U.S. Sen. Lisa Murkowski, R-Alaska, today announced plans to introduce legislation this year to end the 40-year-old ban on exporting domestic crude oil production.
In her keynote address to national and international energy leaders at the 34th annual CERAWeek, Murkowski also underscored her efforts to increase access to America’s natural energy resources, including those in her home state of Alaska, and to secure America’s place in “Energy’s New World.”
“America has entered an era of energy abundance. Imports are down, and so are prices. We are on the verge of being able to help our allies and trading partners with our energy – instead of competing with them for supply from others,” Murkowski said.
Murkowski called many federal energy policies, including the prohibition on oil exports, “alarmingly deficient and outdated” and highlighted the importance of reforming the nation’s energy policies. She also noted the urgency of ending the ban, as American sanctions on Iran could soon be lifted bringing as much as 1 million barrels a day of Iranian oil onto the global market.
“The United States has a general prohibition – a 'ban' – on exports of domestic crude oil. To me, this equates to a sanctions regime against ourselves,” Murkowski said. “It hurts American producers, who have to sell oil at a significant discount to Brent, and it hurts American consumers, whose prices at the pump are higher than they would otherwise be.”
"We should not lift sanctions on Iranian oil while keeping sanctions on American oil. It makes no sense,” Murkowski added.
Murkowski, the chairman of the Senate Energy and Natural Resources Committee, concluded her remarks with a pledge to “find a way to have a rational conversation about energy policy” but cautioned that “there’s no guarantee of that in the current political climate, but we must make the attempt – to do our jobs and to legislate.”
The full text of Murkowski’s speech is available on the Senate Energy and Natural Resources Committee website and pasted below.
Opening Remarks: CERA Week 2015
Sen. Lisa Murkowski
April 20, 2015
Dan, thank you for that warm introduction, and for organizing another outstanding CERA Week. I also want to thank you for inviting me back here to Houston, for the second year in a row, to be part of it.
My goal today is to provide a policymaker’s perspective on the future of U.S. energy policy – in 12 minutes or less. As a reference point, I want to look back to 2007. That’s the last time Congress passed a major energy bill, and there have been many big changes since then.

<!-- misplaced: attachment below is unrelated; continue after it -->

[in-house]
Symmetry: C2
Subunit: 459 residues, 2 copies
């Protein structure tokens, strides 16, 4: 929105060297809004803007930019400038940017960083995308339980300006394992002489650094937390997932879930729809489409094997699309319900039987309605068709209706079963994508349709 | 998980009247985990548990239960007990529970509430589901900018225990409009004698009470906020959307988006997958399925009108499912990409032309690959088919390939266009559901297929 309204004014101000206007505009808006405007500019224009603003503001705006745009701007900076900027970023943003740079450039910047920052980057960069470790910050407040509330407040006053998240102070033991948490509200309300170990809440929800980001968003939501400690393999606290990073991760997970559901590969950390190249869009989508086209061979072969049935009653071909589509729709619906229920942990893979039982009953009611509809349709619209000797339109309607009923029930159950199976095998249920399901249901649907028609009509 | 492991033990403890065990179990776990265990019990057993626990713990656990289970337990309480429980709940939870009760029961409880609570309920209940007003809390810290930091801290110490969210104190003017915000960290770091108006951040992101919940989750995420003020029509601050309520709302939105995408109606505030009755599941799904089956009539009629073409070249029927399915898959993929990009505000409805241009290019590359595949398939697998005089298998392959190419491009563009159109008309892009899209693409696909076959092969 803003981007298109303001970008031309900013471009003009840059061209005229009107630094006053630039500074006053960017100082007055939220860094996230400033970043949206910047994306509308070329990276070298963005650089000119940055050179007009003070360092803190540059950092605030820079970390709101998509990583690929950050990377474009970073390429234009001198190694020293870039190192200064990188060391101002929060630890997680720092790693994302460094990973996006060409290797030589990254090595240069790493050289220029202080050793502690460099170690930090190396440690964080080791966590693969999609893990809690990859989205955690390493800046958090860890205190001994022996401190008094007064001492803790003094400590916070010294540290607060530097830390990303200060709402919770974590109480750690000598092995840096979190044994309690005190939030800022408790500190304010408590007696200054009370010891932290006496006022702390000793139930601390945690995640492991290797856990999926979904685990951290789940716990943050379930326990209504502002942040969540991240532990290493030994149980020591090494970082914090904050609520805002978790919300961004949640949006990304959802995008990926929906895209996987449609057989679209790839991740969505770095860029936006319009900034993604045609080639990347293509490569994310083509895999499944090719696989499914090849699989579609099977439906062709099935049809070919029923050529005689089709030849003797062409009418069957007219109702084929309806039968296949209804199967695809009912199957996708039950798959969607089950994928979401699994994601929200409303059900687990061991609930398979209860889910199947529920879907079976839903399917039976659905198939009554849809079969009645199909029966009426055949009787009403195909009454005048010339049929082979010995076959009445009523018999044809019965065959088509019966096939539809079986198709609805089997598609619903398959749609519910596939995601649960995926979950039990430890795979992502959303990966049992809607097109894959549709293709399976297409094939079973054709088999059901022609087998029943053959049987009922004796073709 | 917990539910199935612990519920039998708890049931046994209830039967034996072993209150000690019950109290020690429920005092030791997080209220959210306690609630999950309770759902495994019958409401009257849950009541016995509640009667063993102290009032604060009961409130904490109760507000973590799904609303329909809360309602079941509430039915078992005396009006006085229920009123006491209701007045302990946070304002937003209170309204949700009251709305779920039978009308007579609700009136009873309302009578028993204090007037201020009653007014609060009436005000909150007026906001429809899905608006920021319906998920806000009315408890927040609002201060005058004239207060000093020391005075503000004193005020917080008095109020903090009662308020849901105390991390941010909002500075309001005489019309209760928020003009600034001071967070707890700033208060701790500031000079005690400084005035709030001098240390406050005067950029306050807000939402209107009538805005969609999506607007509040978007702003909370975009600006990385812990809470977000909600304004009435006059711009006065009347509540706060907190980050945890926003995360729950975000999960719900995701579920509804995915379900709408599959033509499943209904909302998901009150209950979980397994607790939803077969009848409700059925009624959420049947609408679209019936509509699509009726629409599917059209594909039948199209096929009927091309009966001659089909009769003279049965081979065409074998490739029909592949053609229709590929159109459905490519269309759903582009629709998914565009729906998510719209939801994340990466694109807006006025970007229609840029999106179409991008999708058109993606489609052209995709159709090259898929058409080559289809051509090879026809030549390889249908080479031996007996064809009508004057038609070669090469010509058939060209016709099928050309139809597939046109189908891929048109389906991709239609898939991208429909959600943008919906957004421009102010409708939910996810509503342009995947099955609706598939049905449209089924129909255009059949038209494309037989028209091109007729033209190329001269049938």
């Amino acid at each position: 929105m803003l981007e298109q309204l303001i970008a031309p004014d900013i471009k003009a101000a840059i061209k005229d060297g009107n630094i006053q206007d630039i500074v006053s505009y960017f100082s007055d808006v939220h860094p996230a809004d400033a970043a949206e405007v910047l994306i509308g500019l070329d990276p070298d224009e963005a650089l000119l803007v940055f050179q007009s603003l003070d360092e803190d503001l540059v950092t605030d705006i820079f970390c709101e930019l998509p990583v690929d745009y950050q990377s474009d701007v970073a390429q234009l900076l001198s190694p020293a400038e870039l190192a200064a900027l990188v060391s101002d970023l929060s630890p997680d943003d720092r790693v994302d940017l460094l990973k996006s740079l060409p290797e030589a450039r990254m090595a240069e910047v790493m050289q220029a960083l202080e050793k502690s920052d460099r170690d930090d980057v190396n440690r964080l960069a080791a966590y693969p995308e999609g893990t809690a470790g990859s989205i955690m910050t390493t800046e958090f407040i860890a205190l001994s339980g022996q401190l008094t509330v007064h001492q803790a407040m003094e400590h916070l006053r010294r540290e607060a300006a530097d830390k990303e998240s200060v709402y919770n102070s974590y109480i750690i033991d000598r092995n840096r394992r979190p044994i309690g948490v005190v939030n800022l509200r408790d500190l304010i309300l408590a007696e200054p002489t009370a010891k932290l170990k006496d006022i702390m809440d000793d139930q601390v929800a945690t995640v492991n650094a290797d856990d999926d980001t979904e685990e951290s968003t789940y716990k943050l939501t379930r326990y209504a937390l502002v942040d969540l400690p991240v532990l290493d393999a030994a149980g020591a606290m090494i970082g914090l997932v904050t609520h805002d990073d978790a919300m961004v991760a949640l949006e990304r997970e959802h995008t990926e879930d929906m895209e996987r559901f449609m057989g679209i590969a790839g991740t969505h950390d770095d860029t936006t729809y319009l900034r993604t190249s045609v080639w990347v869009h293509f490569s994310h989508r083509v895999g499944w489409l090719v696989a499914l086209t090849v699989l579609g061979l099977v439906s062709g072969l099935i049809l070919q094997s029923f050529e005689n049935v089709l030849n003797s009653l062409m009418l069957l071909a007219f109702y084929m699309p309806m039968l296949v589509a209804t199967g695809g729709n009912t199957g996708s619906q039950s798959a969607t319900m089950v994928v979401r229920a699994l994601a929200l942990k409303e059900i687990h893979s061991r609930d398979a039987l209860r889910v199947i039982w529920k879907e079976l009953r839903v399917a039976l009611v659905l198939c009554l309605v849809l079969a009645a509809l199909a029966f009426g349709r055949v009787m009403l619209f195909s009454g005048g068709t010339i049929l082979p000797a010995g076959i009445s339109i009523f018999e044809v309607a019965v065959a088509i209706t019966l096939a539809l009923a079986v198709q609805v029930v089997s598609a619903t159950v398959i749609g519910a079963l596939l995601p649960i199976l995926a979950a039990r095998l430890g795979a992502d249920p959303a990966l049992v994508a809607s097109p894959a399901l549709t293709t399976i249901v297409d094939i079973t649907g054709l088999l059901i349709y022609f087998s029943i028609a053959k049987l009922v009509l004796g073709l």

In 2007, we had a different President, a different party in control of Congress, a different regulatory environment, and a different mindset about our energy future. We had not yet gone through a major recession – or seen the American oil and gas industry help lead us out of it. We had not yet witnessed historic increases in oil and gas production on private and State land, and instead faced high-energy costs and high import dependence.
Today, however, thanks to many of the people in this room, we are in a better place.
America has entered an era of energy abundance. Imports are down, and so are prices. We are on the verge of being able to help our allies and trading partners with our energy – instead of competing with them for supply from others. Of course, we continue to face many threats to our growth and prosperity, which should also shape our approach to our energy policy. For starters, America still imports roughly 7 million barrels of oil every day.
One constant is that the world has remained a dangerous place, by virtue of territorial aggression, nuclear ambitions, terror in Iraq and Syria and elsewhere, and too many other factors to name.
Here at home, many of our federal policies are still alarmingly deficient and outdated – in genuine need of modernization and reform. The federal government now routinely fails to permit energy projects, mines, and infrastructure in a timely manner. The Keystone XL pipeline, at more than 2,400 days of delay, is the best example. But it is hardly the only one.
In my home state of Alaska, the President has rejected some of America’s best opportunities for new development. This Administration has chosen to lock down the 35 billion barrels of conventional oil in our federal areas, rather than recognizing the jobs, revenues, security, and prosperity they would bring.
All of this has factored into my thinking, as I survey the current state of U.S. energy policy. What I have recognized now is the prime time to make lasting improvements to our energy policy. So that’s exactly what I have set out to do.